From the Trib's blog [emphasis added]:
The "unanswered questions'' -- as the Republican National Committee and others are calling them -- will continue to haunt President-elect Obama and staff in the sordid case of the Illinois governor accused of attempting to sell Obama's Senate seat. Until Obama, and his staff, answer them.
Take a knee Trib, because the breathlessness (Obama's haunted!) must leave everyone there exhausted.
Did Rahm Emanuel speak to Blago's team about filling Obama's senate seat? Yes. Is that in any way, shape, or form unusual? No. Is it illegal? Of course not. Are prosecutors targeting Emanuel in any way? No. Is the RNC hyping a non-story? Yes. Is the Trib doing the RNC's bidding? Gladly.
FYI, John McCain is not impressed by the RNC's attempt to hype the Blago story to the press.
Chris Beam unfurled a beloved Beltway CW as way to prop up the breathless Blago story in terms of it being an "Obama scandal." (And yes, in the last paragraph of his piece, Beam noted "The Blagojevich complaint leaves him pretty much untainted." Of course, if that had been in Beam's first paragraph the whole piece would have been pointless. Nifty trick, eh?)
According to Beam, this is what everyone within elite media circles agrees about scandals, and plus it's been true forever:
The first rule of political crisis management: Tell everything. Every megascandal, from Watergate to Monica, was exacerbated by the slow trickle of embarrassing information. Better to put it all out there at once, take the heat, and move on.
Personally, I admired how Beam immediately raised the specter of previous presidential impeachments when analyzing the Blago story. But the key point was that presidents always have to release all embarrassing information. Immediately. It's the only way to make a story go away. It's the only way to get the press to back off. And if presidents (or president-elects) don't immediately disclose every morsel of information, the tenacious Beltway press is never going to be satisfied.
To that I have a two word response: Harken Energy.
Think back to when that embarrassing presidential scandal broke in 2002. Did Bush instantly reveal every Harken-related fact, figure, time and date? Did the White House do everything it could to make sure journalists had as much relevant information as possible and do it in a timely fashion? Please.
But if Bush stonewalled, that meant the press hounded him mercilessly about his fishy Harken entanglements, right? Again, don't make us laugh.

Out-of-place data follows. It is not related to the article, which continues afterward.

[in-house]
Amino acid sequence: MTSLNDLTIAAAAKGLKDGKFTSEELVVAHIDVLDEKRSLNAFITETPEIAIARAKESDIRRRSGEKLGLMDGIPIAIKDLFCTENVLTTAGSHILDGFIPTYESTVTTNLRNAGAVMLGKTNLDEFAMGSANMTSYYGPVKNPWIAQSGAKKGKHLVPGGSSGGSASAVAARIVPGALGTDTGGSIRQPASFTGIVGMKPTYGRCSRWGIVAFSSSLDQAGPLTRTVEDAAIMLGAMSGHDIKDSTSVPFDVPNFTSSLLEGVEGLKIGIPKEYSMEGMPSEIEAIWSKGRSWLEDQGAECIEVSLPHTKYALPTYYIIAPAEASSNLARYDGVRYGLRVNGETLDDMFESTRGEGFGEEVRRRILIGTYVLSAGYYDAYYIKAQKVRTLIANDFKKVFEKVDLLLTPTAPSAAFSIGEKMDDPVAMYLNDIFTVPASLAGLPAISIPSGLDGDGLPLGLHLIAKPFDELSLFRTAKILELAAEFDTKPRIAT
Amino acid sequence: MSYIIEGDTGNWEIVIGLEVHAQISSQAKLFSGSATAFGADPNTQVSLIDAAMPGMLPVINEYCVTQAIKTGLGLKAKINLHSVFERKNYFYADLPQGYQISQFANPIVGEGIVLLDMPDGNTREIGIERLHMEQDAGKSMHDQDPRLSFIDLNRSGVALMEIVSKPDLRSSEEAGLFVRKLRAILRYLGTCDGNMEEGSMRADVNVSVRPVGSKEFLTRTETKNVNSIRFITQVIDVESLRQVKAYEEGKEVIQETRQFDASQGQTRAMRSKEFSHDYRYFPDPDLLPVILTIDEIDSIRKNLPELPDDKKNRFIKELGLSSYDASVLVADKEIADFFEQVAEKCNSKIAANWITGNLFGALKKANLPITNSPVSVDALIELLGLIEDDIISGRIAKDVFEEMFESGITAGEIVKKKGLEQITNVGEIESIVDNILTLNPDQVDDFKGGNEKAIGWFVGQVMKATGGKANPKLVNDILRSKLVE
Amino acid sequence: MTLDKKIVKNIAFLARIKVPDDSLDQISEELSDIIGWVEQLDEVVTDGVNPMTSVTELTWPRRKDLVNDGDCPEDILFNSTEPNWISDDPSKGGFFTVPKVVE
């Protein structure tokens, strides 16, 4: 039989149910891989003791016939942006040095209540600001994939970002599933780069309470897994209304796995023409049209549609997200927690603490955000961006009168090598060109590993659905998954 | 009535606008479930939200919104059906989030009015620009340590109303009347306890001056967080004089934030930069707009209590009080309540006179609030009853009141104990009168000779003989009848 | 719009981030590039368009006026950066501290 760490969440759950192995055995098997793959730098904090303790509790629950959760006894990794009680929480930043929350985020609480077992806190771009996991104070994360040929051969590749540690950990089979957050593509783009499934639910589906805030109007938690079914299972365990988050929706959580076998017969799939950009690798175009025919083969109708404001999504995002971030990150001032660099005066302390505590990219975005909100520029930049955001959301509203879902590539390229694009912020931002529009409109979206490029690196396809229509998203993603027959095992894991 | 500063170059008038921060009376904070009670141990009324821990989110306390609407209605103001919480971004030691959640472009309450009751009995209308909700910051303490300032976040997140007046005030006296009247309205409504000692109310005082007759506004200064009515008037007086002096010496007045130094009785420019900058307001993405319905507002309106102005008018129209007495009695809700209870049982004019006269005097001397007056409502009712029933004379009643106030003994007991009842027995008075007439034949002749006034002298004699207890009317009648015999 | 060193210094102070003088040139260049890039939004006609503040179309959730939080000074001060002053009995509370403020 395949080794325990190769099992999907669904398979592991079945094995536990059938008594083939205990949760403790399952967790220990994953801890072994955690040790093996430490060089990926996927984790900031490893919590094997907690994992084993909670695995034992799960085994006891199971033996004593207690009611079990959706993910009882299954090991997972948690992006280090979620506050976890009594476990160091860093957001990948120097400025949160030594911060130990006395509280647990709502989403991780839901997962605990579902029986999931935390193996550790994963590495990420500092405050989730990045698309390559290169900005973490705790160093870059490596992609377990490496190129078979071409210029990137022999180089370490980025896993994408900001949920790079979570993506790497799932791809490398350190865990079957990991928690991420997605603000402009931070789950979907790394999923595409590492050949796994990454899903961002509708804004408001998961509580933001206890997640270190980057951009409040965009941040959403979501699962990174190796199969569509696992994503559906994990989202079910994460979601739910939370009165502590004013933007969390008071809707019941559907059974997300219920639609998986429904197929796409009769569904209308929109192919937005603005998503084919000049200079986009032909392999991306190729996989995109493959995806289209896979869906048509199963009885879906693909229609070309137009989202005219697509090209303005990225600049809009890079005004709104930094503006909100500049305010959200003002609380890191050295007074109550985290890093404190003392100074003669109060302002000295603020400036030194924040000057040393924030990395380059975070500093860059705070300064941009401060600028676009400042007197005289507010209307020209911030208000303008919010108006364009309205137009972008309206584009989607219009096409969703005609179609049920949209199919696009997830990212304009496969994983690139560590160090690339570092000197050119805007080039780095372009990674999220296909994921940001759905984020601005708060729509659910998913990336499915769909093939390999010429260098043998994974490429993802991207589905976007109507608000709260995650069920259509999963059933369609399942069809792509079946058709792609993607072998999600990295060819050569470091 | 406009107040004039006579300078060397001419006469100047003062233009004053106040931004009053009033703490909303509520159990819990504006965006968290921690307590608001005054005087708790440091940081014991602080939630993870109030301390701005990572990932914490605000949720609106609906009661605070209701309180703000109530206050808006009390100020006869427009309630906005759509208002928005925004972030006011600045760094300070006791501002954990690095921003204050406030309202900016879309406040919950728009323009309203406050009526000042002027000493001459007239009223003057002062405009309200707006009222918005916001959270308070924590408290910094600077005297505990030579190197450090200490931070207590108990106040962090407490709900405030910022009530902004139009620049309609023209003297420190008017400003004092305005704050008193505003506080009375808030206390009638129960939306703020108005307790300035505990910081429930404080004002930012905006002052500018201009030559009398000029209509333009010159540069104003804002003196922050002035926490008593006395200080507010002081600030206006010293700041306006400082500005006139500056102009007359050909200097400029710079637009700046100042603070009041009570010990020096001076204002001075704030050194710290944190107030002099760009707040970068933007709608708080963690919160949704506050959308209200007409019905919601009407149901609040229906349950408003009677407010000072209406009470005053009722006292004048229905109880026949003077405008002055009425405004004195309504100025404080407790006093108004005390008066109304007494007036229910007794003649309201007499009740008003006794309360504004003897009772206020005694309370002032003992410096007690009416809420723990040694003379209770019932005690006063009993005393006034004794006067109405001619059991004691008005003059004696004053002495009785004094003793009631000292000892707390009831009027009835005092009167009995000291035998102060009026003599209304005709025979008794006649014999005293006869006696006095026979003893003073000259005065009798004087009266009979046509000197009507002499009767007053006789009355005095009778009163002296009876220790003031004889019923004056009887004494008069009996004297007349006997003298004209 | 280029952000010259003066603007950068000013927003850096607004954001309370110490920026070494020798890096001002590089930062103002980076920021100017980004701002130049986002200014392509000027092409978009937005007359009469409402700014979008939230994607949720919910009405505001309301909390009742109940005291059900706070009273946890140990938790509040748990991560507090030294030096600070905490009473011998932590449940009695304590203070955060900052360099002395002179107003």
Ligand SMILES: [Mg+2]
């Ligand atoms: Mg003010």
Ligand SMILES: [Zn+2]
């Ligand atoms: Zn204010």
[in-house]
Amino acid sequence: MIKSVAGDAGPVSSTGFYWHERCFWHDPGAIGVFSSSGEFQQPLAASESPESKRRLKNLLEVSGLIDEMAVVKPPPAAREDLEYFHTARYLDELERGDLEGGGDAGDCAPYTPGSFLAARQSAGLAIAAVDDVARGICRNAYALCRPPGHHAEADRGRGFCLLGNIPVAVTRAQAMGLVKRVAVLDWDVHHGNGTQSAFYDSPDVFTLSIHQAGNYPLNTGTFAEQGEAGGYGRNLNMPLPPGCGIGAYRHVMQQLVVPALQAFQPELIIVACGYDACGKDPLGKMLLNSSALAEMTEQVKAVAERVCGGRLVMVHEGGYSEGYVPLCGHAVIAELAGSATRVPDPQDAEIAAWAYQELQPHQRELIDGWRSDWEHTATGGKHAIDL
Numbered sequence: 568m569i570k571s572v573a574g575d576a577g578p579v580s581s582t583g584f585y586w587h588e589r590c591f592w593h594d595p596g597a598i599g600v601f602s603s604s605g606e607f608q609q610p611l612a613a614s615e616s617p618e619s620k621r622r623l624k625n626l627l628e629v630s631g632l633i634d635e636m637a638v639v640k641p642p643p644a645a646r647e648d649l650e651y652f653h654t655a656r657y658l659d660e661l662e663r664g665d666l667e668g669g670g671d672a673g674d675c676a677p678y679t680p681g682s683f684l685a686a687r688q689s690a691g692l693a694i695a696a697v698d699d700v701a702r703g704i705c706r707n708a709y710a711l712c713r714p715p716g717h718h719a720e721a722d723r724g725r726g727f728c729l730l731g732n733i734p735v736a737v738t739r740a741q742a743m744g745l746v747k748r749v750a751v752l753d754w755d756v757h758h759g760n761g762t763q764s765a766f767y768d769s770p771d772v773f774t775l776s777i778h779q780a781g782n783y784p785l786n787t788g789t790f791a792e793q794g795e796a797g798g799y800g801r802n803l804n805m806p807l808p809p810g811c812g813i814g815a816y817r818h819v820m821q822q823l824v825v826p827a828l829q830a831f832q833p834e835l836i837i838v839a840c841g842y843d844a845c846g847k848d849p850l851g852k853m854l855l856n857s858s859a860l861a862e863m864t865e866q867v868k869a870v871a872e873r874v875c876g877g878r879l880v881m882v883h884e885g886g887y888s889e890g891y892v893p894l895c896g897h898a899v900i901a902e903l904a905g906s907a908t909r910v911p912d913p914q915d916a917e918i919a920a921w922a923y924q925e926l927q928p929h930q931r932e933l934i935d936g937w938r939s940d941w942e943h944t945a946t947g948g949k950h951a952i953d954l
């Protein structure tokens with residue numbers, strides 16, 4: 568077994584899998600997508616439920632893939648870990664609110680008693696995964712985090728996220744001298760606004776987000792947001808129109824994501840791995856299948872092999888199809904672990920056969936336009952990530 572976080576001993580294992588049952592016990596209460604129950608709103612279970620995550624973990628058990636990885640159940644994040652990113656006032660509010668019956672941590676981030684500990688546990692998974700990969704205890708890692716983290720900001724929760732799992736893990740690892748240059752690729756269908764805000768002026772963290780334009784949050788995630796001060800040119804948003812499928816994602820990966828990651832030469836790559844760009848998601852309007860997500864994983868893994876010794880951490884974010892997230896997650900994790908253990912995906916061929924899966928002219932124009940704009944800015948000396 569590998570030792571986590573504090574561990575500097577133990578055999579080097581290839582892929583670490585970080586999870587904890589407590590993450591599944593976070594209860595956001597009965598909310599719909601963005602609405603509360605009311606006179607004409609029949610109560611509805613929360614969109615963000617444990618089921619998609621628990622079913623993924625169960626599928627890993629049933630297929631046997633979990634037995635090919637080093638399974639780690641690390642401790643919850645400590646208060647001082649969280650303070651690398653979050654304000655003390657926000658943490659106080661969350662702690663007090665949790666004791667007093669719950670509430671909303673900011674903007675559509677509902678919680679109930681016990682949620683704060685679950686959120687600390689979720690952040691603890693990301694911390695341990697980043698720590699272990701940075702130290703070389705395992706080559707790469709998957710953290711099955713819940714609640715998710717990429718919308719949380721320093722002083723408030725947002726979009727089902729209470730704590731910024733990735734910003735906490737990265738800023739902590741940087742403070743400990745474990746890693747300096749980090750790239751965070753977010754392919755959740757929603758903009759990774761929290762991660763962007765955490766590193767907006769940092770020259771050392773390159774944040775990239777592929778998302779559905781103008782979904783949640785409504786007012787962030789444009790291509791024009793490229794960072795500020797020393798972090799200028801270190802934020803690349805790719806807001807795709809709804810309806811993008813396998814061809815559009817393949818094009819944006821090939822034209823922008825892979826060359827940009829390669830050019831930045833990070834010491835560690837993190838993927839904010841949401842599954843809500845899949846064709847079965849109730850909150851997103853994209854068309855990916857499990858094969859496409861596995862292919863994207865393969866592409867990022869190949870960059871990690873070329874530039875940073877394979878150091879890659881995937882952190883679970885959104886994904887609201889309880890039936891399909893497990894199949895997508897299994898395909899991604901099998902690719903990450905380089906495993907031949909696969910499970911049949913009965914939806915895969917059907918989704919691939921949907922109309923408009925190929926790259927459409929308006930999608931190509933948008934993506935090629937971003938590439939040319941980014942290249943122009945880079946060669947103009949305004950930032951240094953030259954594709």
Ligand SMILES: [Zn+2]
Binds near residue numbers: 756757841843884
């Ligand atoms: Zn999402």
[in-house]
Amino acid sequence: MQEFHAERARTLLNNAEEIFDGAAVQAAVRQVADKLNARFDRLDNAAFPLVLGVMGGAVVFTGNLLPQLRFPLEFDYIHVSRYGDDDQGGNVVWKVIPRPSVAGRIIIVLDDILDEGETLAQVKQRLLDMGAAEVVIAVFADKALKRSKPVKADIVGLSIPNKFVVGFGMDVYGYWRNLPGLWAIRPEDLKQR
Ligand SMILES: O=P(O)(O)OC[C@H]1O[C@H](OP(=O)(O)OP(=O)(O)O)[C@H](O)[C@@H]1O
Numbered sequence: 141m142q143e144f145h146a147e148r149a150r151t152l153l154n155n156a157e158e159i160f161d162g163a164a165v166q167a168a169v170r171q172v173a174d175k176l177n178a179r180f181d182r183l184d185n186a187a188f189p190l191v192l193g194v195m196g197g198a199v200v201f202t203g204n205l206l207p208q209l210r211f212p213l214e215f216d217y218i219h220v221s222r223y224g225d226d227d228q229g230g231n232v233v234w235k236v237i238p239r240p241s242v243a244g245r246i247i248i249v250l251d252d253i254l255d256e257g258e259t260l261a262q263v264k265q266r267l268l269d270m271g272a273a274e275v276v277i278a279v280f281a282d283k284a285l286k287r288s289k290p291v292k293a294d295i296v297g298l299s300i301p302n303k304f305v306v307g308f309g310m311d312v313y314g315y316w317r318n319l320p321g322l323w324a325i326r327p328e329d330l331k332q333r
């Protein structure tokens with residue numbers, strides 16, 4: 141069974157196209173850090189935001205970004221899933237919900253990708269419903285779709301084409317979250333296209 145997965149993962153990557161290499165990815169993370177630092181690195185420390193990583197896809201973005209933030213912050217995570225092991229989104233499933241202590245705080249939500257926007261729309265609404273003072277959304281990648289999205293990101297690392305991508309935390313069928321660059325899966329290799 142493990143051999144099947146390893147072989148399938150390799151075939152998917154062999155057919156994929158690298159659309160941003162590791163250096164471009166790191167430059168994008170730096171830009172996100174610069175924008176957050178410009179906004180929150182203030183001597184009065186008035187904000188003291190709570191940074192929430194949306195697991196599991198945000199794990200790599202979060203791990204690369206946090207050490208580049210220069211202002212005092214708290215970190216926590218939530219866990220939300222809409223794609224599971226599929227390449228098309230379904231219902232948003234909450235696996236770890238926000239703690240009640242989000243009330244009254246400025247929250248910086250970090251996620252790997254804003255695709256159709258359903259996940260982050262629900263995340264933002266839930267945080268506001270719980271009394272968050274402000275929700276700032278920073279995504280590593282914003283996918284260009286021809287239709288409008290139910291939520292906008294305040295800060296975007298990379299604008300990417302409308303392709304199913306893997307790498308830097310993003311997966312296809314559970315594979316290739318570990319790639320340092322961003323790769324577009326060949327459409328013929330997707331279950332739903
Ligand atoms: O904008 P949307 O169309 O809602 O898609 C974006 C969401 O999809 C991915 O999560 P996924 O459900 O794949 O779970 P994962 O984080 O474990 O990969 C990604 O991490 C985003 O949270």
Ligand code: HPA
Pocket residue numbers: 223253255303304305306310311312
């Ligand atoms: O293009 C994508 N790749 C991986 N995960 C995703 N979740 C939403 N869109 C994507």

Slate claims the press rules for presidents have been carved in stone for ages. Actually, the rules being applied to the Democrat today are exactly like the ones that applied to Clinton the Democrat in the 1990's. Yet for some miraculous reason the same rules did not apply to Bush the Republican, and people like Beam play dumb about it.
Here's a list of news orgs that have reported that one of Sen. Norm Coleman's big donors is under investigation for possibly try to funnel money his way:
New York Times, Houston Chronicle, Washington Times, St. Paul Pioneer Press, Minneapolis Star-Tribune, UPI, Hotline, Salon, washingtonpost.com, usnews.com, CNN.
A news org that still hasn't yet touched the story? AP.
Actually, being right twice a day would be an improvement for the NYT columnist. He tops the "The 10 Worst Predictions for 2008" as compiled by Foreign Policy:
Weekly Standard editor and New York Times columnist William Kristol was hardly alone in thinking that the Democratic primary was Clinton's to lose, but it takes a special kind of self-confidence to make a declaration this sweeping more than a year before the first Iowa caucus was held. After Iowa, Kristol lurched to the other extreme, declaring that Clinton would lose New Hampshire and that "There will be no Clinton Restoration." It's also worth pointing out that this second wildly premature prediction was made in a Times column titled, "President Mike Huckabee?" The Times is currently rumored to be looking for his replacement.
Let's hope those rumors come to fruition.
(h/t Crooks and Liars)
Just to update our post below regarding the Sun-Times' remarkably bad Rahm Emanuel/Blago report, the AP is now reporting that prosecutors have more formally confirmed that Emanuel is not the target of any investigation because he did nothing wrong. But of course that won't stop the press from clinging on its Blago story. "This story will not go away," Politico's John Harris announced on Hardball, until the White House discloses who talked to Blago.